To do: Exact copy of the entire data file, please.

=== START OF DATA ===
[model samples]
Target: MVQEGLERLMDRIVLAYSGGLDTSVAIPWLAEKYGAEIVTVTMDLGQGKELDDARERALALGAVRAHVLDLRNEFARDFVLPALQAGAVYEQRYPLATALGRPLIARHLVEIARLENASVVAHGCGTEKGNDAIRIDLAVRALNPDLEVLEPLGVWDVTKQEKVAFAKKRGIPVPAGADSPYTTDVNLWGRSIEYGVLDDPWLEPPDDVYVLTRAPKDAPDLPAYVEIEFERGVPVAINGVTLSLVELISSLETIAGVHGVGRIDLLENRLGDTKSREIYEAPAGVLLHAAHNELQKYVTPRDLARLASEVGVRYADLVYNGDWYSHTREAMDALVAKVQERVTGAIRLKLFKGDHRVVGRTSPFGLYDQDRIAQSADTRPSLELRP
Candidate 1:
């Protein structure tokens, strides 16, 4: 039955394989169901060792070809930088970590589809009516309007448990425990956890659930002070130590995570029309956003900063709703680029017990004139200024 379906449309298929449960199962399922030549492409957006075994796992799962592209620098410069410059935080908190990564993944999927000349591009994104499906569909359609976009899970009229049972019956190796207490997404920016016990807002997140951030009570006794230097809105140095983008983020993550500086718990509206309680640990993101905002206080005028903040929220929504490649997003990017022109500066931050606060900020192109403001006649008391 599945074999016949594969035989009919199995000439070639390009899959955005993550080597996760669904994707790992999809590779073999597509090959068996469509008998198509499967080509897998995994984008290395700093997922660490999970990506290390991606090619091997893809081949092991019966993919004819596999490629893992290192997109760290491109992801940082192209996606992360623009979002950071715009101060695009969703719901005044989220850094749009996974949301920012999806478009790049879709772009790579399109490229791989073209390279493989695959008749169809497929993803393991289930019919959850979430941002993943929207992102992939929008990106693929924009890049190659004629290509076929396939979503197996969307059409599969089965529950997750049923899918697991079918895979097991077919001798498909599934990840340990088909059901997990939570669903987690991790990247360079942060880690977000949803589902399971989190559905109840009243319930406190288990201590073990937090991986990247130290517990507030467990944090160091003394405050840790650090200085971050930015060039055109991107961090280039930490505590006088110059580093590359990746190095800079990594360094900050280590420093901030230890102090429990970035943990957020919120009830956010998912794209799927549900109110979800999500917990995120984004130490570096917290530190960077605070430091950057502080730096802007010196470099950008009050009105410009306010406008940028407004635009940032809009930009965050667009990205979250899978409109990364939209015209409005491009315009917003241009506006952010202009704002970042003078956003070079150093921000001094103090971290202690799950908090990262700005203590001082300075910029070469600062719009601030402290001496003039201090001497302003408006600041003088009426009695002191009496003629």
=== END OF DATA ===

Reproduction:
[model samples]
Target: MVQEGLERLMDRIVLAYSGGLDTSVAIPWLAEKYGAEIVTVTMDLGQGKELDDARERALALGAVRAHVLDLRNEFARDFVLPALQAGAVYEQRYPLATALGRPLIARHLVEIARLENASVVAHGCGTEKGNDAIRIDLAVRALNPDLEVLEPLGVWDVTKQEKVAFAKKRGIPVPAGADSPYTTDVNLWGRSIEYGVLDDPWLEPPDDVYVLTRAPKDAPDLPAYVEIEFERGVPVAINGVTLSLVELISSLETIAGVHGVGRIDLLENRLGDTKSREIYEAPAGVLLHAAHNELQKYVTPRDLARLASEVGVRYADLVYNGDWYSHTREAMDALVAKVQERVTGAIRLKLFKGDHRVVGRTSPFGLYDQDRIAQSADTRPSLELRP
Candidate 1:
């Protein structure tokens, strides 16, 4: 039955394989169901060792070809930088970590589809009516309007448990425990956890659930002070130590995570029309956003900063709703680029017990004139200024 379906449309298929449960199962399922030549492409957006075994796992799962592209620098410069410059935080908190990564993944999927000349591009994104499906569909359609976009899970009229049972019956190796207490997404920016016990807002997140951030009570006794230097809105140095983008983020993550500086718990509206309680640990993101905002206080005028903040929220929504490649997003990017022109500066931050606060900020192109403001006649008391 599945074999016949594969035989009919199995000439070639390009899959955005993550080597996760669904994707790992999809590779073999597509090959068996469509008998198509499967080509897998995994984008290395700093997922660490999970990506290390991606090619091997893809081949092991019966993919004819596999490629893992290192997109760290491109992801940082192209996606992360623009979002950071715009101060695009969703719901005044989220850094749009996974949301920012999806478009790049879709772009790579399109490229791989073209390279493989695959008749169809497929993803393991289930019919959850979430941002993943929207992102992939929008990106693929924009890049190659004629290509076929396939979503197996969307059409599969089965529950997750049923899918697991079918895979097991077919001798498909599934990840340990088909059901997990939570669903987690991790990247360079942060880690977000949803589902399971989190559905109840009243319930406190288990201590073990937090991986990247130290517990507030467990944090160091003394405050840790650090200085971050930015060039055109991107961090280039930490505590006088110059580093590359990746190095800079990594360094900050280590420093901030230890102090429990970035943990957020919120009830956010998912794209799927549900109110979800999500917990995120984004130490570096917290530190960077605070430091950057502080730096802007010196470099950008009050009105410009306010406008940028407004635009940032809009930009965050667009990205979250899978409109990364939209015209409005491009315009917003241009506006952010202009704002970042003078956003070079150093921000001094103090971290202690799950908090990262700005203590001082300075910029070469600062719009601030402290001496003039201090001497302003408006600041003088009426009695002191009496003629």